According to Jacques André, “the patient’s encounter with the analyst is a scene of seduction, the seductive statement being that of the fundamental rule or the invitation to address that which is most intimate or personal to a complete stranger.” But the practice of psychoanalysis can only unfold if there is a strict respect for ethics. The words seduction and ethics, which at first sight seem mutually exclusive, are thus, as Viviane Chetrit-Vatine shows, at the heart of the analytic perspective.
Viviane Chetrit-Vatine takes as her starting-point an encounter, which is not necessarily consensual, between Emmanuel Levinas’ thought and his conception of philosophy as ethics – ethics understood as responsibility for the other – and that of the psychoanalyst Jean Laplanche, who posits the first adult other as a seducer of the young psyche from the outset, due to the transmission of enigmatic messages compromised by his or her unconscious. The analyst’s ethical position is re-examined and with it the feminine/maternal origins of the human capacity for responsibility for the other.
The question of the asymmetry of the analytic situation is no longer raised in terms of power, but of responsibility: responsibility for the analytic setting of which the analyst remains the guardian, responsibility for the analytic process of which he or she is an integral part owing to the effects of seduction inherent to the situation and to his or her own and necessary passion. The ethical stance of the contemporary analyst implies both the need to preserve “good enough” or sufficient distance and a readiness to assume affective responsibility for the other, this stranger, my patient.
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Reviews and Endorsements:
‘The purpose of this book is to confront the demanding issue of the ethics of psychoanalysis – an issue that has been dealt with in the past by various analysts who have left us with significant contributions – from the original perspective of trying to discover the ethical consistency of the actual foundations of the discipline. The hypothesis that the ethical stance of Levinas, identified with the responsibilisation for the other, has maternal origins and must be re-thought following Laplanche’s theory of primary seduction, clearly distinguishes the ethics of psychoanalysis from a mere – though always exacting – professional deontology. We are grateful to Viviane Chetrit-Vatine for trying to construct a new psychoanalytic statute for ethics and a new ethical orientation for psychoanalysis.’
— Jorge Canestri, Chair of the International Psychoanalytical Association’s Ethics Committee 2001–2005
‘This book talks to all analysts, regardless of their different theoretical backgrounds, as it goes deep to the quintessential origin of our profession: the importance of the adult caring environment conjugated with a philosophical vision of our ethical sense of responsibility towards the other. Reflecting on the seductive and the ethical dimensions of the analytic situation not only helps us to refine our conceptualisation of psychoanalytic work, but also proves amazingly useful in our actual work whenever we have to scrutinise the adequacy of the elasticity of the setting. I believe this book really fills a gap in our psychoanalytic culture.’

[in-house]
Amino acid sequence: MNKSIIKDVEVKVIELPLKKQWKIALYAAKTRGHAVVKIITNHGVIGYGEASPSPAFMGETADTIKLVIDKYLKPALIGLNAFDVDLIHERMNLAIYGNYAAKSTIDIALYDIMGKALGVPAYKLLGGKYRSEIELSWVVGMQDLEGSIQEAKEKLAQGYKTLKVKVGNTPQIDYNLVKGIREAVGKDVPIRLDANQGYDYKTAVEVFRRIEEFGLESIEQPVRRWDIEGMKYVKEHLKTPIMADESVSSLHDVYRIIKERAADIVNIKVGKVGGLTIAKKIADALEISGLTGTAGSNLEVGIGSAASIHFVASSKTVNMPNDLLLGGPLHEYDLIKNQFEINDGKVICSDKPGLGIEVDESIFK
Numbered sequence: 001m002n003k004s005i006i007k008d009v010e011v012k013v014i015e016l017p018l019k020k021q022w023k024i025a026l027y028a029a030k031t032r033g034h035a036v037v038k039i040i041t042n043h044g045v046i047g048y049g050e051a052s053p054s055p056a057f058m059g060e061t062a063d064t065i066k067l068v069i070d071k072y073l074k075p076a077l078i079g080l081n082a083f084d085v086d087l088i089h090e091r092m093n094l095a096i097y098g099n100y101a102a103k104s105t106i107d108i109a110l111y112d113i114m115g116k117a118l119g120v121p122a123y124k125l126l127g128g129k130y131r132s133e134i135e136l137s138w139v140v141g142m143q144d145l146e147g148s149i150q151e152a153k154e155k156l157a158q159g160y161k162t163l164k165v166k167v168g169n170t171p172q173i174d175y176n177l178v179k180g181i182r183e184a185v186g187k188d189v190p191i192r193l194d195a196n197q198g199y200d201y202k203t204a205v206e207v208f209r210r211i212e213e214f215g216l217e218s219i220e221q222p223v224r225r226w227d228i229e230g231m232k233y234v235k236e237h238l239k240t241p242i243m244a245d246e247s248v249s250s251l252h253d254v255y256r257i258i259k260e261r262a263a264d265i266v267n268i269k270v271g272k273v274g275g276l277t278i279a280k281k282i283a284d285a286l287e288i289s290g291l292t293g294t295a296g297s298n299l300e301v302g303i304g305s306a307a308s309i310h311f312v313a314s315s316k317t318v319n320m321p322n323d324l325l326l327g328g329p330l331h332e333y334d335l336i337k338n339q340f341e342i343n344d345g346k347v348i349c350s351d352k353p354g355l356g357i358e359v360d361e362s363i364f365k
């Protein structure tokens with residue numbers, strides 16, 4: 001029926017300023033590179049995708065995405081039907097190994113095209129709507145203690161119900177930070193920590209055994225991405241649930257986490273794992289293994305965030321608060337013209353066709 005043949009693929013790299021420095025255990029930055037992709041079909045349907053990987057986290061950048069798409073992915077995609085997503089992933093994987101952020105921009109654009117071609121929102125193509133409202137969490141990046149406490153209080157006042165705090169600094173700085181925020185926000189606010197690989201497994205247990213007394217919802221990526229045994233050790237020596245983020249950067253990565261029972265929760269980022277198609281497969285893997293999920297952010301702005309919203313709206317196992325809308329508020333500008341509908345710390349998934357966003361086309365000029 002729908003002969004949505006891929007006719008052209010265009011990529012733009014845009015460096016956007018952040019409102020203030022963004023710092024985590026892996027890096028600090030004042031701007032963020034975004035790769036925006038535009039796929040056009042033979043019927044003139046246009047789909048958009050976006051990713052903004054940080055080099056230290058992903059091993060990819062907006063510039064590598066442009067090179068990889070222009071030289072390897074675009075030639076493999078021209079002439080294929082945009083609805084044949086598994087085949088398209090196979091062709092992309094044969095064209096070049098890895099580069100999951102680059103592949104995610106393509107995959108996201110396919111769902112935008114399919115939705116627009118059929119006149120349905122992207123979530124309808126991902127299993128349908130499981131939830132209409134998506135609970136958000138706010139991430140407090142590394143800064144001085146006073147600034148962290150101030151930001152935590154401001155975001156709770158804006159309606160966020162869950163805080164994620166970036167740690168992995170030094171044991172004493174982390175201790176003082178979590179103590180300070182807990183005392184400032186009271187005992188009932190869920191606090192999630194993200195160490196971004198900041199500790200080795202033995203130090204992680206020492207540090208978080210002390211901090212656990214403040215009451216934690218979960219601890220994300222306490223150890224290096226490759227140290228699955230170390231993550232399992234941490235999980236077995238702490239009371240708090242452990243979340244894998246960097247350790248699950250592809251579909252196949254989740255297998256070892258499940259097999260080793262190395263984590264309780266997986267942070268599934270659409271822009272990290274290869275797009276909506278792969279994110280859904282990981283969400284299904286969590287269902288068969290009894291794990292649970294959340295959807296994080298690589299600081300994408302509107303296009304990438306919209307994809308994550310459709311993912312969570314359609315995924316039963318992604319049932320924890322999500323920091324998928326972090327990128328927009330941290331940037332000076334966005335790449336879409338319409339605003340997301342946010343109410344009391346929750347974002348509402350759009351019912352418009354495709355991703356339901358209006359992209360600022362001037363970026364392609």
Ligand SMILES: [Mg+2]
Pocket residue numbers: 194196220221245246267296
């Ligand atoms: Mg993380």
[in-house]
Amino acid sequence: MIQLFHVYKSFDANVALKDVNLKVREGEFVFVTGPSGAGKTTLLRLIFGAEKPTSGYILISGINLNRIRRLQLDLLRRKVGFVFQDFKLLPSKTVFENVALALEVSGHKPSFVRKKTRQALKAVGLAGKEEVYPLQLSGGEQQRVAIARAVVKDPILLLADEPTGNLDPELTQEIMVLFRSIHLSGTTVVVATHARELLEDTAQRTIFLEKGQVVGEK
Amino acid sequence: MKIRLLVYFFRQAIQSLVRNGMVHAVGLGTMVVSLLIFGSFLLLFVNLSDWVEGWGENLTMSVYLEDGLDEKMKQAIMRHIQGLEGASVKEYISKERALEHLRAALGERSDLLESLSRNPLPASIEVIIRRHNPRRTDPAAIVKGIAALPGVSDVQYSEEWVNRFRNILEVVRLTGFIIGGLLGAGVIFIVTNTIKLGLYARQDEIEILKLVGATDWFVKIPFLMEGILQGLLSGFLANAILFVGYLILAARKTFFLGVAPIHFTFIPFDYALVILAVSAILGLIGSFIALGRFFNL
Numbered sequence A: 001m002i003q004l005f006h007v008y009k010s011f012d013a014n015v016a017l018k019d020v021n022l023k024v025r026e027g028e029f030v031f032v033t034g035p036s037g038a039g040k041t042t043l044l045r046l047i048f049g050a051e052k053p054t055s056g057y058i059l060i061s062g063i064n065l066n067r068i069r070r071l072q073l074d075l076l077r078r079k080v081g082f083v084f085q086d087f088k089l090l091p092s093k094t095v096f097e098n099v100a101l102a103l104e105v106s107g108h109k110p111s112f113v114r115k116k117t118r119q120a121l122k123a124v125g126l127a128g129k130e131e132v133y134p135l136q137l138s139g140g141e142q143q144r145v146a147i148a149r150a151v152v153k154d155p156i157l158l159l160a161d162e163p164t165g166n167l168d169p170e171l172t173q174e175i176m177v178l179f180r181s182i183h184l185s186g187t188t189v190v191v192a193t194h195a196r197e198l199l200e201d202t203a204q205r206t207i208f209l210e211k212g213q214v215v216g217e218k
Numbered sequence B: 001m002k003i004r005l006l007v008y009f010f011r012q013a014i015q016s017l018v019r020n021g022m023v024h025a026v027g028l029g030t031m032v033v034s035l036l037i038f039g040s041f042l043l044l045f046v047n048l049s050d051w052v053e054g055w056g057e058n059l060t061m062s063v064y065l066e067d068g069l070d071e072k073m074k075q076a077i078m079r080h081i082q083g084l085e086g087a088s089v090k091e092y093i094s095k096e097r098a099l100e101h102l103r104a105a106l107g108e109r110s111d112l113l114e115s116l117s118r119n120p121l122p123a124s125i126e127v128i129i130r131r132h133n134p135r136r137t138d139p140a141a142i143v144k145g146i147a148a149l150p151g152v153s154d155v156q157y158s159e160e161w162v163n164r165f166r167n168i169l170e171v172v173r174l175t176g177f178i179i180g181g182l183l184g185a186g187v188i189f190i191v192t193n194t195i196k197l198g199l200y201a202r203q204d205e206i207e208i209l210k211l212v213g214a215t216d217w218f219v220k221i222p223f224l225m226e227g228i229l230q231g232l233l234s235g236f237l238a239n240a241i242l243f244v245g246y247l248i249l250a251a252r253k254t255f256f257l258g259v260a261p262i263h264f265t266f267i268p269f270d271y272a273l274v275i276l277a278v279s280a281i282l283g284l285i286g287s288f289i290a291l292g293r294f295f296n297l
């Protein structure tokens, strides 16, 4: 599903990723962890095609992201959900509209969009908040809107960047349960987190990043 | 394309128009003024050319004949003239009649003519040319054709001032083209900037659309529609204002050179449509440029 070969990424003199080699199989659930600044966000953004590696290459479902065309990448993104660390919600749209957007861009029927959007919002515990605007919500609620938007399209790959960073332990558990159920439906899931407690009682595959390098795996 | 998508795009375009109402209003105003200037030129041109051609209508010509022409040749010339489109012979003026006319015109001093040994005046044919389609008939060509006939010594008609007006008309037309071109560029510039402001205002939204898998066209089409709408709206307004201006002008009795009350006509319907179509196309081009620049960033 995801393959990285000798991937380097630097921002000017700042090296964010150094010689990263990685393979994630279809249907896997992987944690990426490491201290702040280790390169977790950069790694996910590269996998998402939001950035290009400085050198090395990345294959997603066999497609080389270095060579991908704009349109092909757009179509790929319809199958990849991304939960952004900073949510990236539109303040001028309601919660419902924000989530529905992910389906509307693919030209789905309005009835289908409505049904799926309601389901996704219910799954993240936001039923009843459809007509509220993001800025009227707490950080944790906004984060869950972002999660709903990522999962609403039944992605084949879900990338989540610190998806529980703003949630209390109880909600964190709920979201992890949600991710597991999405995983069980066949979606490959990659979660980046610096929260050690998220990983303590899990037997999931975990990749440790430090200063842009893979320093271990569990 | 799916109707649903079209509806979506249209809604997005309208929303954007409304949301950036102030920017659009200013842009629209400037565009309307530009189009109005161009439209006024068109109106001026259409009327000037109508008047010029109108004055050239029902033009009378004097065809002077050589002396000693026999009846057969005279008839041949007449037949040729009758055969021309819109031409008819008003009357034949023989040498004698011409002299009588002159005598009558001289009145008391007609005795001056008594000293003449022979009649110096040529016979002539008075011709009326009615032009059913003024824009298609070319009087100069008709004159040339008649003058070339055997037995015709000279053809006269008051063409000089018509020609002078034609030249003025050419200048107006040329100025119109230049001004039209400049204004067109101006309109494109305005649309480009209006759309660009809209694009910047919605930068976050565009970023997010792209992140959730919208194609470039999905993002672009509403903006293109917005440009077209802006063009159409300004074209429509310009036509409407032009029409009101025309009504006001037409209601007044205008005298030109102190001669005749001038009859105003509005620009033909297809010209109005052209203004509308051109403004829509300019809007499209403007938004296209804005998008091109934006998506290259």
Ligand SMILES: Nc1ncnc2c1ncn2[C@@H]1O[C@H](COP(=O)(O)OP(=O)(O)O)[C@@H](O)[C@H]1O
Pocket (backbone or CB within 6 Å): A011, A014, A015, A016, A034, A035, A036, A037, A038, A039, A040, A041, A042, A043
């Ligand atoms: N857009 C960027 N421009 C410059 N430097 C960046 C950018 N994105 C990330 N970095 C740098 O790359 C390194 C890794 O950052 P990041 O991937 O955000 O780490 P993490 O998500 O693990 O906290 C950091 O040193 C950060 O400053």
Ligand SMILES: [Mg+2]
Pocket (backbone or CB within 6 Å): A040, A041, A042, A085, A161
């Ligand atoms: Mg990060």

— Antonino Ferro, President of the Italian Psychoanalytical Society and member of the American Psychoanalytic Association
‘In this most interesting book, Viviane Chetrit-Vatine aims to construct an ethics for psychoanalysis. She suggests that there is a double asymmetry of the analytical situation while she stresses its ethical and seductive dimensions. Chetrit-Vatine argues particularly that the psychoanalytic encounter takes place in a time/space that is characterised by the analyst’s ethical position defined after Levinas as responsibility for the other. Drawing on contemporary schools of psychoanalysis, especially in France, this book is gripping and highly relevant to current discussions on the ethics of psychoanalysis.’
— Rosine Jozef Perelberg is a Training Analyst with the British Psychoanalytical Society and Visiting Professor in the Psychoanalysis Unit at University College London
About the Author:
Viviane Chetrit-Vatine, former President of the Israeli Psychoanalytic Society and faculty member of the Israel Institute of Psychoanalysis, is a training analyst for adults and children. Her professional activity includes: a private practice in Jerusalem and in Tel Aviv, teaching and training at the Israel Institute of Psychoanalysis and on other Israeli psychotherapeutic and psychoanalytic post-graduate programmes, and research activity in the laboratory run by Francois Villa at Paris VII Diderot University (CPRMS). She is a member of the international reading committee of the Revue Française de Psychanalyse, of the international scientific committee of Monographies de Psychanalyse and of the reading committee of Maarag. She publishes articles in Israeli journals (Sihot, Maarag), in French journals (RFP, Le coq heron), as well as in the International Journal of Psychoanalysis.